While thousands of lawyers' eyes passed over a recent update post about the Bergdahl case, only one comment was made, by "NotALawyer." Despite this person's lack of legal training, I found this comment to be astonishingly on point--raising a not-yet-discussed CA7 case that demolishes ACCA's reasoning regarding the effect of Bergdahl's failure to inquire into Nance's job search.
"[A] party does not have an obligation to discover any potentially disqualifying information that is in the public record. The onus is on the judge to ensure any potentially disqualifying information is brought to the attention of the litigants. 28 U.S.C. § 455(c) (“A judge should inform himself about his personal and fiduciary financial interests.”); see also Liljeberg v. Health Servs. Acquisition Corp., 486 U.S. 847, 873 n. 9 (1988) (“[N]otwithstanding the size and complexity of the litigation, judges remain under a duty to stay informed of any personal or fiduciary financial interest they may have in cases over which they preside.”). It would be unreasonable, unrealistic and detrimental to our judicial system to expect litigants to investigate every potentially disqualifying piece of information about every judge before whom they appear. “[L]itigants (and, of course, their attorneys) should assume the impartiality of the presiding judge, rather than pore through the judge's private affairs and financial matters․ ‘Both litigants and counsel should be able to rely upon judges to comply with their own Canons of Ethics.’ “ Am. Textile Mfrs. Inst., Inc. v. Limited, Inc., 190 F.3d 729, 742 (6th Cir.1999) (quoting Porter v. Singletary, 49 F.3d 1483, 1489 (11th Cir.1995))."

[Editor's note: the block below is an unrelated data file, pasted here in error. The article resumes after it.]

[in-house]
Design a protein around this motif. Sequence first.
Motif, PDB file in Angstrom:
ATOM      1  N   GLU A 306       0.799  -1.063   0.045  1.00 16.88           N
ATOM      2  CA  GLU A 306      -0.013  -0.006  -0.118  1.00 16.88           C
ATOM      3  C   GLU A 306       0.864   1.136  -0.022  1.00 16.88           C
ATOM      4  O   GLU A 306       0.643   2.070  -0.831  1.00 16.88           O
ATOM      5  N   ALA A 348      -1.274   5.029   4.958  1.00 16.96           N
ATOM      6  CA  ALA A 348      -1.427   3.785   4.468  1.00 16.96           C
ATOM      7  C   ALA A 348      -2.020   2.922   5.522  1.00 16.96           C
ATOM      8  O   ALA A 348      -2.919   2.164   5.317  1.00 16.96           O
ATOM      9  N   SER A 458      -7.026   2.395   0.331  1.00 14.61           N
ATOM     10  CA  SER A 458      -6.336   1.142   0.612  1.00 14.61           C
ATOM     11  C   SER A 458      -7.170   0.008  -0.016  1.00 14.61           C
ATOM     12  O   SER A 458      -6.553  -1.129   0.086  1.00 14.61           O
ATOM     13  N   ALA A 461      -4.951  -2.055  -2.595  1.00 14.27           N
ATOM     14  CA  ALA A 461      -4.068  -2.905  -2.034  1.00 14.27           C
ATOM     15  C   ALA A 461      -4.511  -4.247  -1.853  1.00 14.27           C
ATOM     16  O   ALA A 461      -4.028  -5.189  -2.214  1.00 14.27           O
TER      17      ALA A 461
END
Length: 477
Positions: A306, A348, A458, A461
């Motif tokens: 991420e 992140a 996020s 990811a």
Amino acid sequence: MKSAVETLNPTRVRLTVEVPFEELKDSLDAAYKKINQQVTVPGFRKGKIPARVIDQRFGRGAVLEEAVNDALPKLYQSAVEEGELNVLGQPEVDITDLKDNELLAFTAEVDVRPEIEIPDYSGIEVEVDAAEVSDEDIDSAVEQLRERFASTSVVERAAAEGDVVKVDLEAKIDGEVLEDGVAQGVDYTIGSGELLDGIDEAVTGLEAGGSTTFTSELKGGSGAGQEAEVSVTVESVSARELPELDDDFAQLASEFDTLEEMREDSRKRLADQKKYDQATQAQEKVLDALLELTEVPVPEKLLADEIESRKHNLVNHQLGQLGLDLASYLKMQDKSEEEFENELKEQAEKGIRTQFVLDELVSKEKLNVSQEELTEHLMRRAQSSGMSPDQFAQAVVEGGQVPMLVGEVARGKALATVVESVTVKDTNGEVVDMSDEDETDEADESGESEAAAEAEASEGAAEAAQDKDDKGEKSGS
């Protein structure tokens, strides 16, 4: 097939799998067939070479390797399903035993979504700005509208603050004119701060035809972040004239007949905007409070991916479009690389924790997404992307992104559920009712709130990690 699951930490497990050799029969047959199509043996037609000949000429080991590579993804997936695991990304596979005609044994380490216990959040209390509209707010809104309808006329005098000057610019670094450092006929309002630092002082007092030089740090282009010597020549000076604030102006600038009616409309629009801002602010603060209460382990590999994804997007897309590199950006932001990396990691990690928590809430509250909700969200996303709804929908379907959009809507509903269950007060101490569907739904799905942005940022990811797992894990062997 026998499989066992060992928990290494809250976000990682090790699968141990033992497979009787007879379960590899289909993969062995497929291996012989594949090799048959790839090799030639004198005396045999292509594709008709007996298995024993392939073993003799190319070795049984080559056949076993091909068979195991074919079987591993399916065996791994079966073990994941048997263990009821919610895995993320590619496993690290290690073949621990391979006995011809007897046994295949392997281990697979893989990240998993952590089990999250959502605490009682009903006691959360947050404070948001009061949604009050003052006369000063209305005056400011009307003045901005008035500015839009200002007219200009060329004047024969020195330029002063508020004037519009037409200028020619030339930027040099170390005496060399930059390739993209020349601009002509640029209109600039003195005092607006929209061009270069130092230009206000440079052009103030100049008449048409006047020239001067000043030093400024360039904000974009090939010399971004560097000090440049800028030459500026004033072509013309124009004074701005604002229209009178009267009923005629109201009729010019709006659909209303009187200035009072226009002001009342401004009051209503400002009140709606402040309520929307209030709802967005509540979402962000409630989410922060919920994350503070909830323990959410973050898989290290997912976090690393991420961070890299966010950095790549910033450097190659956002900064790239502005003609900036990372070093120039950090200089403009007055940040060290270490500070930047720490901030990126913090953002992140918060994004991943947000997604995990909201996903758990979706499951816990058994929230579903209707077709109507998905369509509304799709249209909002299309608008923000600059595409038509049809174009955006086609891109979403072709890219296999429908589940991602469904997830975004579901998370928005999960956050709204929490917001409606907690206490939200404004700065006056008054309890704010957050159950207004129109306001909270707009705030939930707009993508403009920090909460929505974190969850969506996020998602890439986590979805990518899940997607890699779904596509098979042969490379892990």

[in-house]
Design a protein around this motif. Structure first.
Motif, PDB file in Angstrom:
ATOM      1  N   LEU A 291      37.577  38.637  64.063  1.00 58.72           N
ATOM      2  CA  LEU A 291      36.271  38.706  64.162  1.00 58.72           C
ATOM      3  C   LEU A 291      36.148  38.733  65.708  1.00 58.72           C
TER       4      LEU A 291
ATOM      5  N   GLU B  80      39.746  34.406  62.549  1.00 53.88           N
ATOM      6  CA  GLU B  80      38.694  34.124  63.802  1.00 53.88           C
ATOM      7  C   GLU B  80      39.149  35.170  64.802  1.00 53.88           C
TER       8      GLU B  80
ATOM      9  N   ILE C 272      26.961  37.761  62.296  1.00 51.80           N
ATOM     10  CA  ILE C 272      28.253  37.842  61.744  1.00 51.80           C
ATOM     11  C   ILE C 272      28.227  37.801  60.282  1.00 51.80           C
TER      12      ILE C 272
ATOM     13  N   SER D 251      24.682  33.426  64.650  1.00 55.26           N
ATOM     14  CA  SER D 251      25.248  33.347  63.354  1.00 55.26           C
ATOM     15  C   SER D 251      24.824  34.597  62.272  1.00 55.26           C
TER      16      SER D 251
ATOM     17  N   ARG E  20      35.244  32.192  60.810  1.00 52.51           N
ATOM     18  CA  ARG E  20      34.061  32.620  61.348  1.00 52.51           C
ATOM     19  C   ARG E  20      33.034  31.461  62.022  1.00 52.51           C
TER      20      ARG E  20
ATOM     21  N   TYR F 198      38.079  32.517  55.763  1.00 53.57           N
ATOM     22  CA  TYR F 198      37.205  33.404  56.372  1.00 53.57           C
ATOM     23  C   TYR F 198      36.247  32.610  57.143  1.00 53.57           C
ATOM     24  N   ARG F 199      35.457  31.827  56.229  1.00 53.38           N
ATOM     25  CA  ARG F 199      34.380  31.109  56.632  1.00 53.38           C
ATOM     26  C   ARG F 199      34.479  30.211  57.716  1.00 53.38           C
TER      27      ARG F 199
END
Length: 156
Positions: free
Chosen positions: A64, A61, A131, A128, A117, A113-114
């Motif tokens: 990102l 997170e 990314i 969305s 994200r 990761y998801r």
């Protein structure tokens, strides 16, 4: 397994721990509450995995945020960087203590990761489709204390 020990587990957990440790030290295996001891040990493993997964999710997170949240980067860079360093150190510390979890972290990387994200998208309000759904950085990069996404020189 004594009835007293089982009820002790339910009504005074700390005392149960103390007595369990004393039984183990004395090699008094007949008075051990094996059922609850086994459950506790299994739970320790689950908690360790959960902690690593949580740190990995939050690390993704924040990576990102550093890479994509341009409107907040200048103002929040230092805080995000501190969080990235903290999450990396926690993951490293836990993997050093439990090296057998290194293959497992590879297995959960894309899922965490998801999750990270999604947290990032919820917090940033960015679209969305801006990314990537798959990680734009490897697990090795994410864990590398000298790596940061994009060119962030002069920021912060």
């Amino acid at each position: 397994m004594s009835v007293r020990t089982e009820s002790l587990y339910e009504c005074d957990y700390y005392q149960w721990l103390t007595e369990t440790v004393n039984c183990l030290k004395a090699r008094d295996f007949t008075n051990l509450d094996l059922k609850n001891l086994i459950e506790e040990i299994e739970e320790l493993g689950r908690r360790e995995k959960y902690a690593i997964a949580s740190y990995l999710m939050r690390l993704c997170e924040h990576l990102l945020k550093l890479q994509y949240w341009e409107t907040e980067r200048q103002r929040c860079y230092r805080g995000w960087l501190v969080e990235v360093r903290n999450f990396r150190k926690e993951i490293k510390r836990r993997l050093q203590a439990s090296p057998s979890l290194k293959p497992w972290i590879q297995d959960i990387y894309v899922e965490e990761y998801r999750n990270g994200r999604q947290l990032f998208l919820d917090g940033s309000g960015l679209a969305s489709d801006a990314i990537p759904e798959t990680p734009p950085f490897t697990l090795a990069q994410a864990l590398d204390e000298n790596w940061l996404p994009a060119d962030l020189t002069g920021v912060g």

Listecki v. Off. Comm. of Unsecured Creditors, 780 F.3d 731 (7th Cir. 2015).
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